A Strange New Sound

 

Sometimes all I need is the air that I breathe
And to love you

The Hollies, “The Air That I Breathe”

 

Ah, my friends, to breathe is a wonderful thing.

Just a week ago, I had nasal polyps completely blocking any air from entering my left nostril, and partially blocking the right one, a condition that had persisted for months. The task of breathing was mostly relegated to my mouth, which was highly annoying.

(the task, that is, not my mouth)

(though my mouth can also be highly annoying)

But now, thanks to endoscopic nasal surgery, I can take in precious oxygen through both sides of my nose. Yaaayy!!

Sorry, but when you’ve been denied something for so long, to finally have it again is a big deal. (Some husbands might identify with this feeling.)

And you know it’s been a long time when you notice a sound that’s, at first, unfamiliar to you, but then, you finally recognize the sound of air entering your nose.

A beautiful sound, I tell you.

My sincere thanks to the surgeon and the hospital staff, whose care and professionalism were present all the way through this procedure.

And thanks to all who had me on their minds last Friday morning as I was having this done. I felt all your well wishes.

Everyone, take a deep breath, and appreciate how easy it is.

And, if it isn’t, go see a doctor. Breathing is kind of important.

New Weight-Loss Program

 

About a year ago, I wrote about my resolution to lose some weight this year, crediting global warming as my motivation. I simply don’t wish to spend any more blazing Texas summers carrying all this additional poundage on my aging, weakening body. I know it’s weakening; just pick up a 50-pound bag of anything and carry it with you everywhere for over 30 years, and see if it doesn’t wear you down a bit.

Well, friends, at this point, I can report only marginal success, but I’ll take it over nothin’. Not due to any change in diet or exercise habits, mind you, but to a new medication I take to lower my A1C level, (ask a diabetic) that also serves as something of an appetite suppressant. So, yay, I’m still losing weight without having to really do anything.

After a recent doctor visit, though, the need to exercise and make a few dietary changes has come into sharper focus, and I find I have to be more of an active participant in the improvement of my health, or face some rather harsh consequences.

Rats. I kept hoping that, by now, we would be medically advanced enough to have a pill that, when taken, would just melt the pounds right off and, when taken regularly, would keep ‘em off. Guess I can’t depend on science for everything. Oh, well…

 

I just read a post from a fellow blogger whose work I enjoy, and it reminded me that, as this year draws to a close and a new one rapidly approaches, I have some other weight to work on losing, as well.

I don’t like to brag, but I hold a tenth-degree Black Belt in the discipline of not letting go of my past. No, really.

Every time I’ve screwed up, every reprimand I received, every time I was ridiculed and laughed at…oh, I have a trophy room full of them, folks.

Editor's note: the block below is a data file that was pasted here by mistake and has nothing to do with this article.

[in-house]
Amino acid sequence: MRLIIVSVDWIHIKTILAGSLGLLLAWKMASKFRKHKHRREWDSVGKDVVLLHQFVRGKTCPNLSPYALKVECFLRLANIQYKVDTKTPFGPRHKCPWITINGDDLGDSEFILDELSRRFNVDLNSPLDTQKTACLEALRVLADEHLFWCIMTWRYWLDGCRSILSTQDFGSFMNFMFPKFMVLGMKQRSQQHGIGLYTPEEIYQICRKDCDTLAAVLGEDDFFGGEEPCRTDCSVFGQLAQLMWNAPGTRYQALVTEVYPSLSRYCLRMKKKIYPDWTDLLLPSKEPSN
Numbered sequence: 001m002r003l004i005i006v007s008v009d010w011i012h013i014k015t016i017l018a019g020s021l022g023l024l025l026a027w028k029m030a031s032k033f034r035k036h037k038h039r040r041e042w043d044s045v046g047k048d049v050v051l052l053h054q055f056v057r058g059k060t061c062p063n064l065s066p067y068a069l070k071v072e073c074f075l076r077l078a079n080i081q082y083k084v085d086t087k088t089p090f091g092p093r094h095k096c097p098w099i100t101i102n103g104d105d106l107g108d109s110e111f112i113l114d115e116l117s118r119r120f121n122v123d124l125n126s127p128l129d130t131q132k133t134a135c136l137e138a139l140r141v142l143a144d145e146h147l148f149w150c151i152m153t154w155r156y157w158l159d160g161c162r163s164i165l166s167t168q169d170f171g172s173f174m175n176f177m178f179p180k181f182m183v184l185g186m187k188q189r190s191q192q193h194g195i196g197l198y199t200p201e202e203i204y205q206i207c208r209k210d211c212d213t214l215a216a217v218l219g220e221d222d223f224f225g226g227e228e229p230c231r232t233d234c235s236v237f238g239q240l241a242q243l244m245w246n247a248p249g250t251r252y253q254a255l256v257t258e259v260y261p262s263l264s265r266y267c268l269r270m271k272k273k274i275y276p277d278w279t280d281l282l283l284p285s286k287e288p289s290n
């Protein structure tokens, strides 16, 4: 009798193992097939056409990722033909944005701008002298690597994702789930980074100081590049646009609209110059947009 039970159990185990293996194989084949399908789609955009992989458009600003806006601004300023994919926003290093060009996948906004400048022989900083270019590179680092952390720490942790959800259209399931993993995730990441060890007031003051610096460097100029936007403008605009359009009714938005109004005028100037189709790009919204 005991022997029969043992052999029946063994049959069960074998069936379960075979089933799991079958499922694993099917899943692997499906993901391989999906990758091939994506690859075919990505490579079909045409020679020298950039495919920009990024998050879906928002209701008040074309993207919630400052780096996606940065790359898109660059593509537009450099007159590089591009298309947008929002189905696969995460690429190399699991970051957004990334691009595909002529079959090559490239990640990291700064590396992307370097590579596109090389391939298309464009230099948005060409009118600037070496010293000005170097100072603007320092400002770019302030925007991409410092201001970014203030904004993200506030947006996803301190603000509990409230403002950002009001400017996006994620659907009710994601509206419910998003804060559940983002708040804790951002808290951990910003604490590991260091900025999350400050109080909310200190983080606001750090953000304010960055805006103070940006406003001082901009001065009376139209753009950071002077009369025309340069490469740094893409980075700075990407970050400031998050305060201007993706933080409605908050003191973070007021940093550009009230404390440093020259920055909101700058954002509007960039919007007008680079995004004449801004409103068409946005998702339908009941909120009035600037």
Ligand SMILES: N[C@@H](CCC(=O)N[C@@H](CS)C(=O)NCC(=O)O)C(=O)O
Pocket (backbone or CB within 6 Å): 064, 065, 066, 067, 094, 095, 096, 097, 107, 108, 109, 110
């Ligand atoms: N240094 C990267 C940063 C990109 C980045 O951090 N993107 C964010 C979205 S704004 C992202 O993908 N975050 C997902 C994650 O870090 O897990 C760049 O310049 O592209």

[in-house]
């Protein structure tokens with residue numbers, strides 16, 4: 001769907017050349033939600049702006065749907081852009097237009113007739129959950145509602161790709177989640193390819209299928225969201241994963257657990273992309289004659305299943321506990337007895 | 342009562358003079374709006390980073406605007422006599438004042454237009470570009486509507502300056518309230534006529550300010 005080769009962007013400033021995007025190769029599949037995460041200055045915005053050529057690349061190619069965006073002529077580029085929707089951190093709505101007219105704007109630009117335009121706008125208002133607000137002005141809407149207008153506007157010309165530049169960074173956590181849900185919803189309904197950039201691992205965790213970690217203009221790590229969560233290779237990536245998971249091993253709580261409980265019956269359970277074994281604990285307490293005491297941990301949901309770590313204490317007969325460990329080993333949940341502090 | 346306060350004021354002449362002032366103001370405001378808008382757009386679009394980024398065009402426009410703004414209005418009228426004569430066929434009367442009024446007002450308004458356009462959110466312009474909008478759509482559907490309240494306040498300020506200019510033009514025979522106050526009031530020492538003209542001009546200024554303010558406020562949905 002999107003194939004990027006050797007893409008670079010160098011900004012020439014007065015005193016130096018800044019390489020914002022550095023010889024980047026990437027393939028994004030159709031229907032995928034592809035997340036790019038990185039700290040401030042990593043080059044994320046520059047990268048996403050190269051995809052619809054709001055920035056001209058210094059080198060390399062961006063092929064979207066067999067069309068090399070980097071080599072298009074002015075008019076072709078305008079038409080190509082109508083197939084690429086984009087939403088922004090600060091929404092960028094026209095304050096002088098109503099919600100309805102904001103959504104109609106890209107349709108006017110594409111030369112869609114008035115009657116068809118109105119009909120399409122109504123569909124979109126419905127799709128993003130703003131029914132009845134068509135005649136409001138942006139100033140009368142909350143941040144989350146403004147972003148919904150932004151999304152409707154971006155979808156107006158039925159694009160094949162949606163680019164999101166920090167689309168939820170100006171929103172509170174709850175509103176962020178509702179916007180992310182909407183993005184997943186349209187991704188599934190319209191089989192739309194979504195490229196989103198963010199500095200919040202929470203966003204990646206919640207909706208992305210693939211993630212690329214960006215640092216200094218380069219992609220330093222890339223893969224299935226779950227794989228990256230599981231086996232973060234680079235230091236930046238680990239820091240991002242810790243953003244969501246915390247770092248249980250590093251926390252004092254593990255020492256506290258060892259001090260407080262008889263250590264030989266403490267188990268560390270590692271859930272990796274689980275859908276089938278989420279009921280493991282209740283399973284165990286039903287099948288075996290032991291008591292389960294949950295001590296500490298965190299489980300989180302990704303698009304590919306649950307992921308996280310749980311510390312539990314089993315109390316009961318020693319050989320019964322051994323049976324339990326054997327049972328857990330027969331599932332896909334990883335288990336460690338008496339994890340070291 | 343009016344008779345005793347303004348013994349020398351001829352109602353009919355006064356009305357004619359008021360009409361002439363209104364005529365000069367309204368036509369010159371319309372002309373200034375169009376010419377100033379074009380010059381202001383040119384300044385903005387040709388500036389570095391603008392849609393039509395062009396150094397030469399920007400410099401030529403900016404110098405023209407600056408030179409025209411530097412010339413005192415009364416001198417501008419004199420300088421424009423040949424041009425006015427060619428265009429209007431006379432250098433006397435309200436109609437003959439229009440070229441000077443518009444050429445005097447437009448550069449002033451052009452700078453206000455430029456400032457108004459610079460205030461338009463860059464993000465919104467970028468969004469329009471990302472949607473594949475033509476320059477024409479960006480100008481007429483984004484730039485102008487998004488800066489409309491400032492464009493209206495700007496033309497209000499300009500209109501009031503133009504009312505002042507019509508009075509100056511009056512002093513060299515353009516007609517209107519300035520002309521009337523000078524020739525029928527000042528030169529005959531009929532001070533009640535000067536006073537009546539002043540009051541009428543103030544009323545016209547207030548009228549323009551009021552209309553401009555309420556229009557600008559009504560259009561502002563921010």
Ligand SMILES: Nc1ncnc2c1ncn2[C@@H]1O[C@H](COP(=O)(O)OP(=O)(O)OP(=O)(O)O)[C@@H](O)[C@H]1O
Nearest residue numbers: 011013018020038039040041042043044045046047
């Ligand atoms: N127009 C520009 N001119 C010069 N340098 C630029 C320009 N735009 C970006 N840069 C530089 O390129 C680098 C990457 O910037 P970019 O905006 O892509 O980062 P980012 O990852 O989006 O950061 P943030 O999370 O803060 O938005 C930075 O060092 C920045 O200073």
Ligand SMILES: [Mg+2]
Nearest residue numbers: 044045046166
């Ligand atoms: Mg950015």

Now, that…is some excess weight. Along with the 50-pound bag, I’m dragging a ship’s anchor. It’s a wonder I can even walk.

Before you go thinking this is some “poor, poor me”, Gloomy Gus soliloquy, trust me; I know where the blame lies. The universe didn’t do this to me.

Well, mostly not. It did see fit to bless me with the precious gift of depression, the gift that certainly keeps on giving. And that adds a degree of difficulty to my Olympic routine, judges.

I have been seeing a therapist this year, but any progress I feel I’ve made can easily be erased in a single bad situation that reminds me I’m still a long way from better, like the hopeful skier having one disastrous run on the slope.

It occurs to me, I’m at a physical and mental crossroad, and I can really no longer afford to f*** around with either. Not anymore.

I’ve learned many things this year, to be sure, from my therapy and from the wisdom of some insightful, inspirational bloggers.

But, you know, anybody can learn $#!t. What matters is what they do with it.

So, now begins the hard part of doing. It’s gonna be tough, but worth it, I hope. I’ll let you know how it goes. Wish me success.

Happy New Year, everybody. Please celebrate responsibly. Come back and see me next year.

 

 

A Good F Word

 

There are people in your life
Who’ve come and gone
They let you down
You know they’ve hurt your pride
You better put it all behind you baby
‘Cause life goes on
You keep carryin’ that anger
It’ll eat you up inside baby

Heart of the Matter”, Don Henley

Songwriters
MIKE CAMPBELL, DON HENLEY, JOHN DAVID SOUTHER

Published By
Lyrics © Sony/ATV Music Publishing LLC, Warner/Chappell Music, Inc., Cass County Music / Wisteria Music / Privet Music

 

“We live in a culture that prizes the expression of anger and resentment more than the peace of forgiveness.”

– Dr. Fred Luskin

 

Recently, in therapy, I’ve been focusing on this forgiveness thing.

Forgiveness is a tricky proposition; sometimes easy, sometimes not.

At times, I can do it almost immediately, when the offense is nothing to get worked up over. Someone makes a mistake, I forgive and that’s that.